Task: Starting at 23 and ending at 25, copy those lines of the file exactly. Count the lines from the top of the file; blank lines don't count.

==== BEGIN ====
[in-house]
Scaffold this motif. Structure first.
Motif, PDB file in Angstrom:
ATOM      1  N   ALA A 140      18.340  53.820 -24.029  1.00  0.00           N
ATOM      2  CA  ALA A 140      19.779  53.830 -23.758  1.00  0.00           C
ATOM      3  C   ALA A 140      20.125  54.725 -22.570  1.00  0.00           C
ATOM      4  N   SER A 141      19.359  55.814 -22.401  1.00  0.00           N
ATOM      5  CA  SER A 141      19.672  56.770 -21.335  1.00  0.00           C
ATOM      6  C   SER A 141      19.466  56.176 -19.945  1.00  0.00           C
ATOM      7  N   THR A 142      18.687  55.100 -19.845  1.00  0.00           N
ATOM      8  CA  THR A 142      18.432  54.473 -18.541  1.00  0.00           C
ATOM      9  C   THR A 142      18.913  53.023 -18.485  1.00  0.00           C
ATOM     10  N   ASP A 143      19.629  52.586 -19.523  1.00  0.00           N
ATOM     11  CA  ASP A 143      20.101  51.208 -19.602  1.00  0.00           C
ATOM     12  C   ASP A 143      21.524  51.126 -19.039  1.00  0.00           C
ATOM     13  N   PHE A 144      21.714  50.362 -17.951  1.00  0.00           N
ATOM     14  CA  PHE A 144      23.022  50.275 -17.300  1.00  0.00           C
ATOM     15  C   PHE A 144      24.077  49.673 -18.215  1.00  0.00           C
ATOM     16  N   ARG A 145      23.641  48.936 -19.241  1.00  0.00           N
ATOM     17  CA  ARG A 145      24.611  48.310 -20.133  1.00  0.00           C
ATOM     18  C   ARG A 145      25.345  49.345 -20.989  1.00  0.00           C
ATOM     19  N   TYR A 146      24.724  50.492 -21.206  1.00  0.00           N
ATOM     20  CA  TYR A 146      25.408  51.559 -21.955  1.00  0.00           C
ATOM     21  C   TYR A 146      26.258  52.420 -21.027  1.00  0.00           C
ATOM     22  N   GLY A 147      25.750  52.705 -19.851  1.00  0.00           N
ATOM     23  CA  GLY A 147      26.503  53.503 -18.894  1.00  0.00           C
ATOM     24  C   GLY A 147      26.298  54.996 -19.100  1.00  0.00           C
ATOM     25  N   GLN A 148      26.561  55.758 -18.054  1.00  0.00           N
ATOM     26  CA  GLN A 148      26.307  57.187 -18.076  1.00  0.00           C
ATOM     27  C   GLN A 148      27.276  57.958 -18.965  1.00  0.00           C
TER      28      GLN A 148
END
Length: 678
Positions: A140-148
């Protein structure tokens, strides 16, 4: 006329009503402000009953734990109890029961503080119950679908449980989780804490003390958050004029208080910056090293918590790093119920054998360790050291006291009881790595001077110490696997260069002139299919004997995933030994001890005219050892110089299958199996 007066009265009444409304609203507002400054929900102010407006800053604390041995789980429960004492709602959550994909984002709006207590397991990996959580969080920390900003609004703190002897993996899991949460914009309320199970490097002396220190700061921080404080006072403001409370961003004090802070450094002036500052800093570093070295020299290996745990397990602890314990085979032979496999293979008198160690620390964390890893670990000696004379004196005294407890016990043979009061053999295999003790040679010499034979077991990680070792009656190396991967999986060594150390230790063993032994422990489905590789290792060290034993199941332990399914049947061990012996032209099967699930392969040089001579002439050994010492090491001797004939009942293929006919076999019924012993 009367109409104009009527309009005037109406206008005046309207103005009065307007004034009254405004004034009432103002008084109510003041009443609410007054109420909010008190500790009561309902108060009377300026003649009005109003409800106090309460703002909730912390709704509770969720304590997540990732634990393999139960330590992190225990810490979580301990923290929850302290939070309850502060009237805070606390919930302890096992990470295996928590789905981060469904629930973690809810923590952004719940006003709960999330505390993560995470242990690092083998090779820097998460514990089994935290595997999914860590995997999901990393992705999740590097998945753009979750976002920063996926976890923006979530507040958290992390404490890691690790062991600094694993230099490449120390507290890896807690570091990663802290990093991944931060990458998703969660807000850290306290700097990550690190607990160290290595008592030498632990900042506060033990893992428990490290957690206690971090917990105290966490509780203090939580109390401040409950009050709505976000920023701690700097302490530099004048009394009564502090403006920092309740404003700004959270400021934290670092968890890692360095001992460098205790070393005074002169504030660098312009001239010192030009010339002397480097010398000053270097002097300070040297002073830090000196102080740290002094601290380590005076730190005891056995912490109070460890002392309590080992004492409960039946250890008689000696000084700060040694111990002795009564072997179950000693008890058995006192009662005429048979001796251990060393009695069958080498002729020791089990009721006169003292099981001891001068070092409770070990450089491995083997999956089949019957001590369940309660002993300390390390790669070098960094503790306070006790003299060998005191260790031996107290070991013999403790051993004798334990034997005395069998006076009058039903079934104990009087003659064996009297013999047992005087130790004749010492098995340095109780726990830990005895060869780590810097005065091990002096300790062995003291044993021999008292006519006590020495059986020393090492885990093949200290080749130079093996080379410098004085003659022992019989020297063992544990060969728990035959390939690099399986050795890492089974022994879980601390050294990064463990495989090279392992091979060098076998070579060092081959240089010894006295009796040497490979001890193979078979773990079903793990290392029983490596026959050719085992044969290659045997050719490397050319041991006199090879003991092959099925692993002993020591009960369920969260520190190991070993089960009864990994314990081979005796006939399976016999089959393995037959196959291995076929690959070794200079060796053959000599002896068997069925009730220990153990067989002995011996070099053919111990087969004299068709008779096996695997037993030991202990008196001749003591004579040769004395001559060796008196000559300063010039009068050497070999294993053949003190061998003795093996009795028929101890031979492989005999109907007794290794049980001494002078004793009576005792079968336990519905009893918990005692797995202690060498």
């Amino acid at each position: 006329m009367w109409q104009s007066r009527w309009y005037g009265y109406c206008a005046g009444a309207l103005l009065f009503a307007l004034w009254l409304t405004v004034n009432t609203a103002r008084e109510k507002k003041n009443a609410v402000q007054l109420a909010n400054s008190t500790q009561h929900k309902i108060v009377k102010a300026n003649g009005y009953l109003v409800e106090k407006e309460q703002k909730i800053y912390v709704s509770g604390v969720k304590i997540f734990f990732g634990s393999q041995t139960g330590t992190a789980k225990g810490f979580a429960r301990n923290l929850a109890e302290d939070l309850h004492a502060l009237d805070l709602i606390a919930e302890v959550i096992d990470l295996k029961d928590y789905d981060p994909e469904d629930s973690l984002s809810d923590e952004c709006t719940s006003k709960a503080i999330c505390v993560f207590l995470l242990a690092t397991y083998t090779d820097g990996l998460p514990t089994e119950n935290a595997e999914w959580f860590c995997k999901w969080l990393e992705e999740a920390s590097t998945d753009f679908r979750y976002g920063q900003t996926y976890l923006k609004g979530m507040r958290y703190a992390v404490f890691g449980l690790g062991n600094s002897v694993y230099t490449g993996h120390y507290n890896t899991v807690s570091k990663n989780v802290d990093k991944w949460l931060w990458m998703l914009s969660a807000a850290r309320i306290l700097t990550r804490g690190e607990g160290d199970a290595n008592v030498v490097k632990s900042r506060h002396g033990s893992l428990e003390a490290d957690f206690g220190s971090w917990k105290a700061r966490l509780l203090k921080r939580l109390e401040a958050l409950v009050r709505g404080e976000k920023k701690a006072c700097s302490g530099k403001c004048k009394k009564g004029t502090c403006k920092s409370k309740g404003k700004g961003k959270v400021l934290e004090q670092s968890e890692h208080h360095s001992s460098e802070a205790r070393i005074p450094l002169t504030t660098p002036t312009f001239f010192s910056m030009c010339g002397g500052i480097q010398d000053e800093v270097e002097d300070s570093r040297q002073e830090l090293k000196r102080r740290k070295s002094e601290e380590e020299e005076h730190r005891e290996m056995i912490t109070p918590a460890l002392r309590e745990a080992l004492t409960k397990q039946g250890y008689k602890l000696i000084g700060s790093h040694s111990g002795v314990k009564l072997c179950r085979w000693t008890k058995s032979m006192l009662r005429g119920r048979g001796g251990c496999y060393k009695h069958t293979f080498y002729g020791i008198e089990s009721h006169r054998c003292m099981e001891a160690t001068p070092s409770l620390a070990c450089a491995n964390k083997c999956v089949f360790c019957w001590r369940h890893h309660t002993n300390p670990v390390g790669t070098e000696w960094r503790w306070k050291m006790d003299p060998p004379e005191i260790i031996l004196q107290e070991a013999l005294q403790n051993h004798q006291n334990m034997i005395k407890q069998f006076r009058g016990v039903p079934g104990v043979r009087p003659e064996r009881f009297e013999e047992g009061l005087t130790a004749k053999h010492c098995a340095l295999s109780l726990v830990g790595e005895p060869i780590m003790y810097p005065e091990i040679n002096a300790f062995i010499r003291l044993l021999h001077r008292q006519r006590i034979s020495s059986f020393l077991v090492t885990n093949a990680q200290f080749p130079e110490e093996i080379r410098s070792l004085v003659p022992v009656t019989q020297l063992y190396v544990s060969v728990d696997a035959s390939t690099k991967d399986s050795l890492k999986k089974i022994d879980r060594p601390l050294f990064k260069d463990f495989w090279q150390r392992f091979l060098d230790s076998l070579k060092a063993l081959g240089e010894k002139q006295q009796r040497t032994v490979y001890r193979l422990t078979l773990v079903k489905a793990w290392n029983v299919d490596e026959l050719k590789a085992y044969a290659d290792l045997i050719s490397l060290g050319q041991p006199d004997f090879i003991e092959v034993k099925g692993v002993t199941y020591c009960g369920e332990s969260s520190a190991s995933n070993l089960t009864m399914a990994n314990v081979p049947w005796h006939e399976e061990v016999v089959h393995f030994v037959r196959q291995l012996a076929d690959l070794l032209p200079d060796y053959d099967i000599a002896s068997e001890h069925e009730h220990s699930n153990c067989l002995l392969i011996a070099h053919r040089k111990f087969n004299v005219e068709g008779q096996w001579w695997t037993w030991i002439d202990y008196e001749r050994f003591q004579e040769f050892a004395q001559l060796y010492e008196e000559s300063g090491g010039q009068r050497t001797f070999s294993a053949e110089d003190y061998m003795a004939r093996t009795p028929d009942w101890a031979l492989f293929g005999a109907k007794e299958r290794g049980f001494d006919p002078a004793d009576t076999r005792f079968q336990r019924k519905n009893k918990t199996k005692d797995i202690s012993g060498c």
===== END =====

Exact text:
ATOM     20  CA  TYR A 146      25.408  51.559 -21.955  1.00  0.00           C
ATOM     21  C   TYR A 146      26.258  52.420 -21.027  1.00  0.00           C
ATOM     22  N   GLY A 147      25.750  52.705 -19.851  1.00  0.00           N